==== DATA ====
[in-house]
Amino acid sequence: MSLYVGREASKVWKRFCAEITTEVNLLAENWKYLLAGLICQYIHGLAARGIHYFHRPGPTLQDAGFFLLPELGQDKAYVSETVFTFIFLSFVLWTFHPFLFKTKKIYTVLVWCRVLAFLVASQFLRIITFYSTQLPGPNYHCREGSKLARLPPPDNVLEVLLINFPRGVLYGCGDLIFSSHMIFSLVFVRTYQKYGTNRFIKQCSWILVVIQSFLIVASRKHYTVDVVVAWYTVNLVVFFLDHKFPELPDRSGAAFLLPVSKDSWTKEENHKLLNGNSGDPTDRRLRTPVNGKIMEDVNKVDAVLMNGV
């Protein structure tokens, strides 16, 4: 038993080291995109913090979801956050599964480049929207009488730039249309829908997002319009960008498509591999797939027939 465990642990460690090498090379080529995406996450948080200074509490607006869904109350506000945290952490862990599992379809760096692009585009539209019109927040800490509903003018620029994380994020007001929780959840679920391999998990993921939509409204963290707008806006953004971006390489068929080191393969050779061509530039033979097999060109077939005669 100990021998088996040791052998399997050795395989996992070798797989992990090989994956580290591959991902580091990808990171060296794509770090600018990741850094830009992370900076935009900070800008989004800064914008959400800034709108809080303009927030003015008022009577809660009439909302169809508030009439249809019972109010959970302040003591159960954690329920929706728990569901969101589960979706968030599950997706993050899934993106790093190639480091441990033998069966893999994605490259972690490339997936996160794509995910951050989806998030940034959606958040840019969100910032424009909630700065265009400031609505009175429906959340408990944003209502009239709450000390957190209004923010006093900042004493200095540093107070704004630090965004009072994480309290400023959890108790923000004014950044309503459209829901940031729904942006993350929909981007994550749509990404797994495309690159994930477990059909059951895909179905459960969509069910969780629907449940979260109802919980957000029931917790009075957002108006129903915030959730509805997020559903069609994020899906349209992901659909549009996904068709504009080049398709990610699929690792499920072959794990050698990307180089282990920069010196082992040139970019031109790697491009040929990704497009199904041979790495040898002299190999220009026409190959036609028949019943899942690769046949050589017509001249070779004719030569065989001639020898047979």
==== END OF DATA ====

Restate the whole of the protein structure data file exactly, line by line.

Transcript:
[in-house]
Amino acid sequence: MSLYVGREASKVWKRFCAEITTEVNLLAENWKYLLAGLICQYIHGLAARGIHYFHRPGPTLQDAGFFLLPELGQDKAYVSETVFTFIFLSFVLWTFHPFLFKTKKIYTVLVWCRVLAFLVASQFLRIITFYSTQLPGPNYHCREGSKLARLPPPDNVLEVLLINFPRGVLYGCGDLIFSSHMIFSLVFVRTYQKYGTNRFIKQCSWILVVIQSFLIVASRKHYTVDVVVAWYTVNLVVFFLDHKFPELPDRSGAAFLLPVSKDSWTKEENHKLLNGNSGDPTDRRLRTPVNGKIMEDVNKVDAVLMNGV
């Protein structure tokens, strides 16, 4: 038993080291995109913090979801956050599964480049929207009488730039249309829908997002319009960008498509591999797939027939 465990642990460690090498090379080529995406996450948080200074509490607006869904109350506000945290952490862990599992379809760096692009585009539209019109927040800490509903003018620029994380994020007001929780959840679920391999998990993921939509409204963290707008806006953004971006390489068929080191393969050779061509530039033979097999060109077939005669 100990021998088996040791052998399997050795395989996992070798797989992990090989994956580290591959991902580091990808990171060296794509770090600018990741850094830009992370900076935009900070800008989004800064914008959400800034709108809080303009927030003015008022009577809660009439909302169809508030009439249809019972109010959970302040003591159960954690329920929706728990569901969101589960979706968030599950997706993050899934993106790093190639480091441990033998069966893999994605490259972690490339997936996160794509995910951050989806998030940034959606958040840019969100910032424009909630700065265009400031609505009175429906959340408990944003209502009239709450000390957190209004923010006093900042004493200095540093107070704004630090965004009072994480309290400023959890108790923000004014950044309503459209829901940031729904942006993350929909981007994550749509990404797994495309690159994930477990059909059951895909179905459960969509069910969780629907449940979260109802919980957000029931917790009075957002108006129903915030959730509805997020559903069609994020899906349209992901659909549009996904068709504009080049398709990610699929690792499920072959794990050698990307180089282990920069010196082992040139970019031109790697491009040929990704497009199904041979790495040898002299190999220009026409190959036609028949019943899942690769046949050589017509001249070779004719030569065989001639020898047979």